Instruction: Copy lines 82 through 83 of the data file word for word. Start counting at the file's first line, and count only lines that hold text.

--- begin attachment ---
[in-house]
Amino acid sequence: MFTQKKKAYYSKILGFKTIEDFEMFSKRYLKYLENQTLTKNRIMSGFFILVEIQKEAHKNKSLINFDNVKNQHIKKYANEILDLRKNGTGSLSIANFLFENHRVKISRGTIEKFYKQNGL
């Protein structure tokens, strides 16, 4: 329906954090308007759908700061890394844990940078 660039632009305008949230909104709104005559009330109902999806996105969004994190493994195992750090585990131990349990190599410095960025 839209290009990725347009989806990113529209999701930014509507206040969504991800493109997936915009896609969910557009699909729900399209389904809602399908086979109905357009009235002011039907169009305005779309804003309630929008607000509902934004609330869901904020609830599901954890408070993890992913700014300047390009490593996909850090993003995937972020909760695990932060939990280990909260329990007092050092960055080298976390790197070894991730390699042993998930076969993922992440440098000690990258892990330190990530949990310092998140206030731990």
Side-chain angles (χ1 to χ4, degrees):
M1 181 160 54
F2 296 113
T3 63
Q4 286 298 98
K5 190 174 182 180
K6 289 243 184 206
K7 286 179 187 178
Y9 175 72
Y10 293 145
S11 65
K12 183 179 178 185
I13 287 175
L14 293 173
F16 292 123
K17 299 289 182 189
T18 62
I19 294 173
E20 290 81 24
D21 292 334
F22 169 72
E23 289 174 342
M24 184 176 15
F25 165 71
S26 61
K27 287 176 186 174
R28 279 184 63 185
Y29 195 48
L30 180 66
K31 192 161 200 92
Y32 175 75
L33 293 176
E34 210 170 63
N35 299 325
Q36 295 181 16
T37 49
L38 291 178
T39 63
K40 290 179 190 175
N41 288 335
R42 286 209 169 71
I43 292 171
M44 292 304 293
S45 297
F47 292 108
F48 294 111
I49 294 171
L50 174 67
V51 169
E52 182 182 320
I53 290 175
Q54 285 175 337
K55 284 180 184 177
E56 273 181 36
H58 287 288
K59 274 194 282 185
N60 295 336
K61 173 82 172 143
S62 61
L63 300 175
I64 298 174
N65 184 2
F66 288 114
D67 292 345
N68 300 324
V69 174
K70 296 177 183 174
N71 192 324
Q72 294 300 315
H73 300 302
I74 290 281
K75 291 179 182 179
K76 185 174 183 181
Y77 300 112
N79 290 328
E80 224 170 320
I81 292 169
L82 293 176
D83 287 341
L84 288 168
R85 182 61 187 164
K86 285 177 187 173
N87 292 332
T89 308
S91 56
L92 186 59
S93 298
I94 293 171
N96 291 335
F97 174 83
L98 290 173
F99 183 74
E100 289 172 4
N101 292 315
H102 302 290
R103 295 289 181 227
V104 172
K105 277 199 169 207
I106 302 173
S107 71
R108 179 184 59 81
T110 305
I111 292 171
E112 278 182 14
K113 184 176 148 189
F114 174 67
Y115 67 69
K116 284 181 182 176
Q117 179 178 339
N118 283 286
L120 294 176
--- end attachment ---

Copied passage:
D83 287 341
L84 288 168